Michael Schottey, who led the communications division for Palm Coast government, abruptly resigned this morning just six months into the job–and barely a week after the city scored a triumph with its first “Tech Beach Hackathon,” the weekend tech competition projected to the public through Schottey’s social media choreography. He had been part of City Manager Matt Morton’s sweeping revamp of the city’s top administrative posts, and is the first high-profile hire from that class to resign.
Schottey, 34, tendered his resignation letter shortly before the Palm Coast City Council’s 9 a.m. workshop, and soon after left City Hall: it was not the sort of resignation that entailed a two-week notice.
“Although this job afforded me the opportunity to do a lot of amazing things outside my comfort zone, I am using the 6-month anniversary of my hire to re-examine what I am looking for out of my career and believe that leaving entrepreneurship was the wrong move for me,” Schottey wrote Morton. “I am looking forward to leading within this City as a Small Business Owner, Football League Board Member, Church Goer and more.” (Schottey’s humor, seemingly intact, was more apparent in a brief Facebook post just before noon: “In honor of upcoming NFL free agency, I’m officially back on the job market after tendering my letter of resignation this morning.”)
Tyler Jarnagin, a communications division hire that closely parallels Morton’s arrival, will be picking up Schottey’s responsibilities as Morton works on a replacement. Morton said there was no immediate hurry on that score.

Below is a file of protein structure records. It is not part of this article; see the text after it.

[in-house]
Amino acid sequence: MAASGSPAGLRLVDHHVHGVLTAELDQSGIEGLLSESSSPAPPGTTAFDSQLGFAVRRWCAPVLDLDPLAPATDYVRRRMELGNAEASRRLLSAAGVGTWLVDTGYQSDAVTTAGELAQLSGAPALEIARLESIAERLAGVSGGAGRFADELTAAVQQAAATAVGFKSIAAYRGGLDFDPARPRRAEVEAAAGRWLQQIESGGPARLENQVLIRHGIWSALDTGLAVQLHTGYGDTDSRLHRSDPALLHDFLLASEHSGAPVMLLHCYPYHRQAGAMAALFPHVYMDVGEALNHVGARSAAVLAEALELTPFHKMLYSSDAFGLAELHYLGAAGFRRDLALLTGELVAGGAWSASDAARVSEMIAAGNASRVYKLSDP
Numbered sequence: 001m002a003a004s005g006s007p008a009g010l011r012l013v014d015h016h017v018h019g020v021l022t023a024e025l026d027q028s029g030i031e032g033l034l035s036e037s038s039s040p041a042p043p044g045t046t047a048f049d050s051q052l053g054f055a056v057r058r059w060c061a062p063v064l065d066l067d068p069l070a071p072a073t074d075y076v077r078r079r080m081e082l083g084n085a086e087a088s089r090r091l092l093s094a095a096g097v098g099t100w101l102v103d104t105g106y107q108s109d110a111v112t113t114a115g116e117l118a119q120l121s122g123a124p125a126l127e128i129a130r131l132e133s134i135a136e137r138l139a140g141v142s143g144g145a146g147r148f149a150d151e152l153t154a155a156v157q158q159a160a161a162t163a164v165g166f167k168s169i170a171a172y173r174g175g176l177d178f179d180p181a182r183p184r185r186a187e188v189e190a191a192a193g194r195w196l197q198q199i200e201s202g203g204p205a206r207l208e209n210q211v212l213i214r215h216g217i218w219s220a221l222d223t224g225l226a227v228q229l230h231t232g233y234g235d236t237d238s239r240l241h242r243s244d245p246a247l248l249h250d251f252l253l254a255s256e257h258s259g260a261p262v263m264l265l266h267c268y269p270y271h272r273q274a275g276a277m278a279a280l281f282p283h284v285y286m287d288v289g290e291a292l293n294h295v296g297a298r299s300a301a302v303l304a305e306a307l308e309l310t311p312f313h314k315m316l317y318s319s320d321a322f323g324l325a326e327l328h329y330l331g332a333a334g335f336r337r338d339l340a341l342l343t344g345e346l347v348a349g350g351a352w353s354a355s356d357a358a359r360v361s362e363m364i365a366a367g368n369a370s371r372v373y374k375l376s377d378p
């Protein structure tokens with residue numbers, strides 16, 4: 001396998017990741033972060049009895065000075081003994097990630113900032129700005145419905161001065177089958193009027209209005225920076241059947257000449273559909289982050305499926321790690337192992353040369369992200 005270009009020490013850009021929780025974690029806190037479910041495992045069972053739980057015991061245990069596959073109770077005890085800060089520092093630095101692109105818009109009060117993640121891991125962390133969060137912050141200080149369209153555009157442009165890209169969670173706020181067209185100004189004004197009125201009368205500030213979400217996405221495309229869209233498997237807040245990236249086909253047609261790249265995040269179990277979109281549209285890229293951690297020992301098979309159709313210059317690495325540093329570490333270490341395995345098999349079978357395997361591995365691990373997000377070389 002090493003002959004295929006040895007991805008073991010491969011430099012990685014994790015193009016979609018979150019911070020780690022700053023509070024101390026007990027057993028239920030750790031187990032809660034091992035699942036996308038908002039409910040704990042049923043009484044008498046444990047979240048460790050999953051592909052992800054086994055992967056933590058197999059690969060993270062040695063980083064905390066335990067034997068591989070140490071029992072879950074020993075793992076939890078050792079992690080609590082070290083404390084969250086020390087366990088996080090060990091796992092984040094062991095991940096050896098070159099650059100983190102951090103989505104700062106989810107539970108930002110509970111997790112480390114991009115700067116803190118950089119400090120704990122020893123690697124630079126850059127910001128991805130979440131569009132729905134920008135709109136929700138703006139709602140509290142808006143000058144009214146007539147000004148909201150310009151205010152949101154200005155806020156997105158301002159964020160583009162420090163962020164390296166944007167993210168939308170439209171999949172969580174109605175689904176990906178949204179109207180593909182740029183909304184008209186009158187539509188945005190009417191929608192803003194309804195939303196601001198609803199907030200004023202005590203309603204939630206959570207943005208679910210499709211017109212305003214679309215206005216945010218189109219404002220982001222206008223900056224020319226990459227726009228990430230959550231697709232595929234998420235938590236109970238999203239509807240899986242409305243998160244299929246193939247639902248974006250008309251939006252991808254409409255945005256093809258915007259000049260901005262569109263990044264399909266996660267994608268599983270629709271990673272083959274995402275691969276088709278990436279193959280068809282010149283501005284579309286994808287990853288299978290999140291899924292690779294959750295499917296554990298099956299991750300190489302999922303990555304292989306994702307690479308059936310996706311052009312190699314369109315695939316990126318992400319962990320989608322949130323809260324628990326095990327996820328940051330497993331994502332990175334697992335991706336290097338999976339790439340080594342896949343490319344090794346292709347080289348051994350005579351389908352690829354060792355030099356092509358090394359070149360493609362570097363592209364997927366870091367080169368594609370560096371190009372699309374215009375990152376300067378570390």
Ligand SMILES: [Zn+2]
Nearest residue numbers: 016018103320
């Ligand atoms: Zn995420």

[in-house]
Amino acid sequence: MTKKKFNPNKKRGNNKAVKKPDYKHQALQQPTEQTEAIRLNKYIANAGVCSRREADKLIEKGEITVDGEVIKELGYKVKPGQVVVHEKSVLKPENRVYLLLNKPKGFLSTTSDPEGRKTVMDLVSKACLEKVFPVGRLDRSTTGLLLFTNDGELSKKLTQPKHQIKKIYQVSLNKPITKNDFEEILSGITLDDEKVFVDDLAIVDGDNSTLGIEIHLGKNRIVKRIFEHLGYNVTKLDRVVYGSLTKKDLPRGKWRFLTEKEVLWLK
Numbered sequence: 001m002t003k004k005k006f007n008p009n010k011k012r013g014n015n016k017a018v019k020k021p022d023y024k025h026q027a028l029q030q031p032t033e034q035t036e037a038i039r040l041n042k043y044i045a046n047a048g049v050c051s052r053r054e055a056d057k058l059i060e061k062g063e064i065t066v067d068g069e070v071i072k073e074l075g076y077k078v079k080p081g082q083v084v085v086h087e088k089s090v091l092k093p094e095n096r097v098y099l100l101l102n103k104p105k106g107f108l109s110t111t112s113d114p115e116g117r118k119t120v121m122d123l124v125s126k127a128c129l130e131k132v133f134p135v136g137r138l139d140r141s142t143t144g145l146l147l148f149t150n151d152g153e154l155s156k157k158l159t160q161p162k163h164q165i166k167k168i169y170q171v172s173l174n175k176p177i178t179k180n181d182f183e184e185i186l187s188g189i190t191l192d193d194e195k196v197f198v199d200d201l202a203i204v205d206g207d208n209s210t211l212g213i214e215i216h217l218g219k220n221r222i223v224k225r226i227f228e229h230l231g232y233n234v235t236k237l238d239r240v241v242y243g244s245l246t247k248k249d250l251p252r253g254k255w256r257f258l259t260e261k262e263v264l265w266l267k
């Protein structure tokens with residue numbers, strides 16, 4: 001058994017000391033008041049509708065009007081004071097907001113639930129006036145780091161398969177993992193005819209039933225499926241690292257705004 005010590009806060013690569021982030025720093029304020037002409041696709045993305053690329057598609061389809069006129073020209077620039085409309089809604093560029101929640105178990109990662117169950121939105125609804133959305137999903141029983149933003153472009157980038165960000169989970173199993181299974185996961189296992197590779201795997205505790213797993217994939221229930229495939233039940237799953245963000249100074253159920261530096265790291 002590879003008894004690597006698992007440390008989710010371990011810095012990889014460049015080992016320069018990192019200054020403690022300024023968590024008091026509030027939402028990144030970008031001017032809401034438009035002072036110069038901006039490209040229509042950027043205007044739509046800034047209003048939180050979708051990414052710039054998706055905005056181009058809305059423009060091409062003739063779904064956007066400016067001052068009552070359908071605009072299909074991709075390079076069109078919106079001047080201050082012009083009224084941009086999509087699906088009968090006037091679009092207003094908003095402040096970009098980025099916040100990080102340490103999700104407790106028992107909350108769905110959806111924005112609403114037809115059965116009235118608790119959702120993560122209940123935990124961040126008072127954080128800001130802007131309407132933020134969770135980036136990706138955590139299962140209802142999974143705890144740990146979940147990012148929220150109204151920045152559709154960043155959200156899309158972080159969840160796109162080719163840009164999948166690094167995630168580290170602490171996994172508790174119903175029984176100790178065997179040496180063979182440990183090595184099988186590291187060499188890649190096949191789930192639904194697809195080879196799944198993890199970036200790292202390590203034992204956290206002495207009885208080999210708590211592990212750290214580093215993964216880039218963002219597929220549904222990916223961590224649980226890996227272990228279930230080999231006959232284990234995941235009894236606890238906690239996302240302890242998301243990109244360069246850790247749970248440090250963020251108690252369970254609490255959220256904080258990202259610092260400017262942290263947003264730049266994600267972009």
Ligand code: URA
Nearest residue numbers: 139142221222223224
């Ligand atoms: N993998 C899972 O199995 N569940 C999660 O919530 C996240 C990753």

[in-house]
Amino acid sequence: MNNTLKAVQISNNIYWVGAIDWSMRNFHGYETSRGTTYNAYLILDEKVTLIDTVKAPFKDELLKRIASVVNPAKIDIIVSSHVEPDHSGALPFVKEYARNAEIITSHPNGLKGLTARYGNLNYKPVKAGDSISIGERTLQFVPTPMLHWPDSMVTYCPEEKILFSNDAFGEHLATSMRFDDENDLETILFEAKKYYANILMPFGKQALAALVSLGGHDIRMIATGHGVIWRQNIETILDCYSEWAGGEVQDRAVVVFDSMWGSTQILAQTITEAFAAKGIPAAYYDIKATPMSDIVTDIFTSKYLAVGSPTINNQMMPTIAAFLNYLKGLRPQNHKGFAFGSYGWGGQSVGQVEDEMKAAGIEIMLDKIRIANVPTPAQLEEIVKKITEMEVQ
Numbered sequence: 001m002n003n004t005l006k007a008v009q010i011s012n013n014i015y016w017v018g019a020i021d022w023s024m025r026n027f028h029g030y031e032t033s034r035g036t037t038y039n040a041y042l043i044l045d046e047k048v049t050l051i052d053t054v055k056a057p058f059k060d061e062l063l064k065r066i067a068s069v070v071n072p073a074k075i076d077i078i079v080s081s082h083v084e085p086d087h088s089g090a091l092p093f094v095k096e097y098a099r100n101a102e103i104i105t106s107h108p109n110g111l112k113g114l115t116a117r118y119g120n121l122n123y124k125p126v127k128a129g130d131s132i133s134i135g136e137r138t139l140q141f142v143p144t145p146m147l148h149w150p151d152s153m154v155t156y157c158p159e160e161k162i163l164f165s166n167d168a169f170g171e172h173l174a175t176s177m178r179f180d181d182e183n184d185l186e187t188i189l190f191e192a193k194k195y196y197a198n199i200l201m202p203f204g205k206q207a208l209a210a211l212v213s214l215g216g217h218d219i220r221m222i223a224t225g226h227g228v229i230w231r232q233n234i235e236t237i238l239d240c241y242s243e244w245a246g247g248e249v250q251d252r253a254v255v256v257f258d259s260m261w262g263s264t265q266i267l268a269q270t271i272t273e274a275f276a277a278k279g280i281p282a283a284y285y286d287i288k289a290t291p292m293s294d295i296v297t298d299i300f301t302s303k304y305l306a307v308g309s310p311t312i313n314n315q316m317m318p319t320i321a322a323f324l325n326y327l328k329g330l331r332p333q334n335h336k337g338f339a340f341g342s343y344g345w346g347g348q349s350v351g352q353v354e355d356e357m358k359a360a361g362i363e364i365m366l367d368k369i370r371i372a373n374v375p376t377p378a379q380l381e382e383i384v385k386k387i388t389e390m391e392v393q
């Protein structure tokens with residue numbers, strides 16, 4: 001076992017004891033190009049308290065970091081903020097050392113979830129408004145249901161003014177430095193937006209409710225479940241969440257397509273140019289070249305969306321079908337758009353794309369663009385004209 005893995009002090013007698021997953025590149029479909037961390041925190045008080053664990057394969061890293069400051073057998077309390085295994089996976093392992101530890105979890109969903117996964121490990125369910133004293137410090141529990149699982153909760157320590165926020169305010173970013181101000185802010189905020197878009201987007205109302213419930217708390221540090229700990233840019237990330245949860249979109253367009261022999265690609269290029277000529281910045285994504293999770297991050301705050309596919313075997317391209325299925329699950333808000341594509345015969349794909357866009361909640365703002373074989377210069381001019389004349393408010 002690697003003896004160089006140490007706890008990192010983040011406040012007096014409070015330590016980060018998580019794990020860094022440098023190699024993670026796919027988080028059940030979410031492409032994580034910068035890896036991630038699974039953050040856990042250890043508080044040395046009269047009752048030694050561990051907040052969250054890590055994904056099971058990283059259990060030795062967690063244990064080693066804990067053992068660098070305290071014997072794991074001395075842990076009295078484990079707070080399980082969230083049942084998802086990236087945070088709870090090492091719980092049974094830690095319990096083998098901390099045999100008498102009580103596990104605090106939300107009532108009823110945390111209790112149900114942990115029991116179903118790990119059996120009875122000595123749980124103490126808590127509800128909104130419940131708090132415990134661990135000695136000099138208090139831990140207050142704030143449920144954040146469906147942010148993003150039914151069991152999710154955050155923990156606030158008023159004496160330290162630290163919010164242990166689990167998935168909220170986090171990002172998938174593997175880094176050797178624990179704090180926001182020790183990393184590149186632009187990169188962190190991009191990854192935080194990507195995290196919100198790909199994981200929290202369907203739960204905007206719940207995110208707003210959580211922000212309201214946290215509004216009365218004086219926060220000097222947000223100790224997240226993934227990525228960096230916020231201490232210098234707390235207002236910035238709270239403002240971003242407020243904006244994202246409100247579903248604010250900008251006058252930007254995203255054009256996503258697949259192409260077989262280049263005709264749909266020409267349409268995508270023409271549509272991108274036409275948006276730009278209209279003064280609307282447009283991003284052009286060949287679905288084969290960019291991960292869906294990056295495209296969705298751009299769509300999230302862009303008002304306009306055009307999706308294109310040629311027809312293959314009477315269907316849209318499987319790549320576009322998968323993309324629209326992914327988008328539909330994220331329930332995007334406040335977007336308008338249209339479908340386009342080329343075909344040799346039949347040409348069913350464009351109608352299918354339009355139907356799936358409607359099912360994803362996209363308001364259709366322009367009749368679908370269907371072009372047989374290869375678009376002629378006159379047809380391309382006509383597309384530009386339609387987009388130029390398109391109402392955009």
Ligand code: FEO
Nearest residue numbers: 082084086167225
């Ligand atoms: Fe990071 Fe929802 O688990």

A resident of Palm Coast for nearly a decade, Schottey had been instrumental in the launch of Mad Dogs Flag Football in late 2018, as a member of its board when he was affiliated with Office Divvy, the local entrepreneurial company, soon becoming the organization’s vice president. He worked closely with Office Divvy, promoting its Entrepreneur Nights, among other events, and has prized his volunteered hours with, among others, Christ the King Lutheran Church and its school.
In an interview this afternoon Schottey reiterated that he was looking for something “a little bit more aligned with my needs and my vision,” which suggested that there had been at least some differences in outlooks or expectations at the city.
But just as Morton was complimentary of Schottey in an interview, so was Schottey complimentary of Morton (to whom he reported), speaking words that had no hint of insincerity: “I held him in the highest esteem. He was a friend, he was a mentor, he was someone I learned a lot from,” Schottey said, noting, of the verbs, that “those can all be in the present tense.”
Morton since his arrival last year has been played up by the council, and particularly by Mayor Milissa Holland, as a distinct break from the city’s past culture and as a high-energy innovator whose vision Schottey was substantially responsible for conveying to the public. Asked directly if there was a discrepancy between Morton’s public relations image and who he is as a manager, Schottey did not hesitate: “He’s the real deal.”
But clearly there appears to be some tensions at some levels of the administration that may be at odds with any suggestion of seamlessness–tensions that may only be exacerbated in an election year that promises to be abrasive and unforgiving.
Schottey, who’d once been an NFL writer for several prominent websites–not least of them The Sporting News and Forbes–is returning to more entrepreneurial pursuits, and plans on remaining in Palm Coast.